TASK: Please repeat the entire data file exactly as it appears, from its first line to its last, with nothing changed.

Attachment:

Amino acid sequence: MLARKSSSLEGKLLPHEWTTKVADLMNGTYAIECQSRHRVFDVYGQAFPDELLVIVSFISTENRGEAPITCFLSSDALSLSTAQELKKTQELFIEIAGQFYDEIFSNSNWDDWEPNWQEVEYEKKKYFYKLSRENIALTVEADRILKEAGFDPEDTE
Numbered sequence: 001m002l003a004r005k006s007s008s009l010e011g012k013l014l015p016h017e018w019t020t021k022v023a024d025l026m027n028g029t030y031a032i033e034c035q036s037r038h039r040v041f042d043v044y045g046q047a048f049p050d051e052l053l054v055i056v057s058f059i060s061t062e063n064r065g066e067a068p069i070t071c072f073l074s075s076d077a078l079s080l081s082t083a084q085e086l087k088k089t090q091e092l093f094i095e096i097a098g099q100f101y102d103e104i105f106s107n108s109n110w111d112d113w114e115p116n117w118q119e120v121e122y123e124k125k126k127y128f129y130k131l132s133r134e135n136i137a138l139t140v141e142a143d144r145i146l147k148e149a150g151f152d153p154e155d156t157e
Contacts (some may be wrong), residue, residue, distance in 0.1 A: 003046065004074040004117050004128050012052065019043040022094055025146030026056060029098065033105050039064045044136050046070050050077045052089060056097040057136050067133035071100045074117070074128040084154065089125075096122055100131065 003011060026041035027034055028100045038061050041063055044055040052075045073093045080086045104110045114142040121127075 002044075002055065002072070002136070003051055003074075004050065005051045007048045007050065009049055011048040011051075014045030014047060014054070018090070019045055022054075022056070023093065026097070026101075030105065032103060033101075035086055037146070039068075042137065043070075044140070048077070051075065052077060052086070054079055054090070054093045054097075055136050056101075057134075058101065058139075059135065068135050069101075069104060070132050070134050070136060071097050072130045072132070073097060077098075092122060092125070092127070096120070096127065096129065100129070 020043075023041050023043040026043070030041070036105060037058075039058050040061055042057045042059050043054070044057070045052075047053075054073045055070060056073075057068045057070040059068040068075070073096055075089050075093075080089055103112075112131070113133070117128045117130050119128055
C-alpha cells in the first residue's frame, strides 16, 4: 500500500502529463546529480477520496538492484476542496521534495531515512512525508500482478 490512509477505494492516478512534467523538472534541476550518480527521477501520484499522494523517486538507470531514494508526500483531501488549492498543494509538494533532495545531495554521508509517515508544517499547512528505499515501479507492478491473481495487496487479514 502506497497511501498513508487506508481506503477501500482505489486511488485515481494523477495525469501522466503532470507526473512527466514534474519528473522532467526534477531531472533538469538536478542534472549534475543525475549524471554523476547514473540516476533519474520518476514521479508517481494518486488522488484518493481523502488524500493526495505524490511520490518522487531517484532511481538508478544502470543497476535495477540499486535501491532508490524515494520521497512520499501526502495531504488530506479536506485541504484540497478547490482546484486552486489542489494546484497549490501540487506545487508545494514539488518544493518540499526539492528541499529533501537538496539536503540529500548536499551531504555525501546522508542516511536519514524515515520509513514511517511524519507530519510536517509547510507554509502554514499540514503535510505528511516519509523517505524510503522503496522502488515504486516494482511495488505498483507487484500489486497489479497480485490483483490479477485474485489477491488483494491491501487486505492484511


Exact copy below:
Amino acid sequence: MLARKSSSLEGKLLPHEWTTKVADLMNGTYAIECQSRHRVFDVYGQAFPDELLVIVSFISTENRGEAPITCFLSSDALSLSTAQELKKTQELFIEIAGQFYDEIFSNSNWDDWEPNWQEVEYEKKKYFYKLSRENIALTVEADRILKEAGFDPEDTE
Numbered sequence: 001m002l003a004r005k006s007s008s009l010e011g012k013l014l015p016h017e018w019t020t021k022v023a024d025l026m027n028g029t030y031a032i033e034c035q036s037r038h039r040v041f042d043v044y045g046q047a048f049p050d051e052l053l054v055i056v057s058f059i060s061t062e063n064r065g066e067a068p069i070t071c072f073l074s075s076d077a078l079s080l081s082t083a084q085e086l087k088k089t090q091e092l093f094i095e096i097a098g099q100f101y102d103e104i105f106s107n108s109n110w111d112d113w114e115p116n117w118q119e120v121e122y123e124k125k126k127y128f129y130k131l132s133r134e135n136i137a138l139t140v141e142a143d144r145i146l147k148e149a150g151f152d153p154e155d156t157e
Contacts (some may be wrong), residue, residue, distance in 0.1 A: 003046065004074040004117050004128050012052065019043040022094055025146030026056060029098065033105050039064045044136050046070050050077045052089060056097040057136050067133035071100045074117070074128040084154065089125075096122055100131065 003011060026041035027034055028100045038061050041063055044055040052075045073093045080086045104110045114142040121127075 002044075002055065002072070002136070003051055003074075004050065005051045007048045007050065009049055011048040011051075014045030014047060014054070018090070019045055022054075022056070023093065026097070026101075030105065032103060033101075035086055037146070039068075042137065043070075044140070048077070051075065052077060052086070054079055054090070054093045054097075055136050056101075057134075058101065058139075059135065068135050069101075069104060070132050070134050070136060071097050072130045072132070073097060077098075092122060092125070092127070096120070096127065096129065100129070 020043075023041050023043040026043070030041070036105060037058075039058050040061055042057045042059050043054070044057070045052075047053075054073045055070060056073075057068045057070040059068040068075070073096055075089050075093075080089055103112075112131070113133070117128045117130050119128055
C-alpha cells in the first residue's frame, strides 16, 4: 500500500502529463546529480477520496538492484476542496521534495531515512512525508500482478 490512509477505494492516478512534467523538472534541476550518480527521477501520484499522494523517486538507470531514494508526500483531501488549492498543494509538494533532495545531495554521508509517515508544517499547512528505499515501479507492478491473481495487496487479514 502506497497511501498513508487506508481506503477501500482505489486511488485515481494523477495525469501522466503532470507526473512527466514534474519528473522532467526534477531531472533538469538536478542534472549534475543525475549524471554523476547514473540516476533519474520518476514521479508517481494518486488522488484518493481523502488524500493526495505524490511520490518522487531517484532511481538508478544502470543497476535495477540499486535501491532508490524515494520521497512520499501526502495531504488530506479536506485541504484540497478547490482546484486552486489542489494546484497549490501540487506545487508545494514539488518544493518540499526539492528541499529533501537538496539536503540529500548536499551531504555525501546522508542516511536519514524515515520509513514511517511524519507530519510536517509547510507554509502554514499540514503535510505528511516519509523517505524510503522503496522502488515504486516494482511495488505498483507487484500489486497489479497480485490483483490479477485474485489477491488483494491491501487486505492484511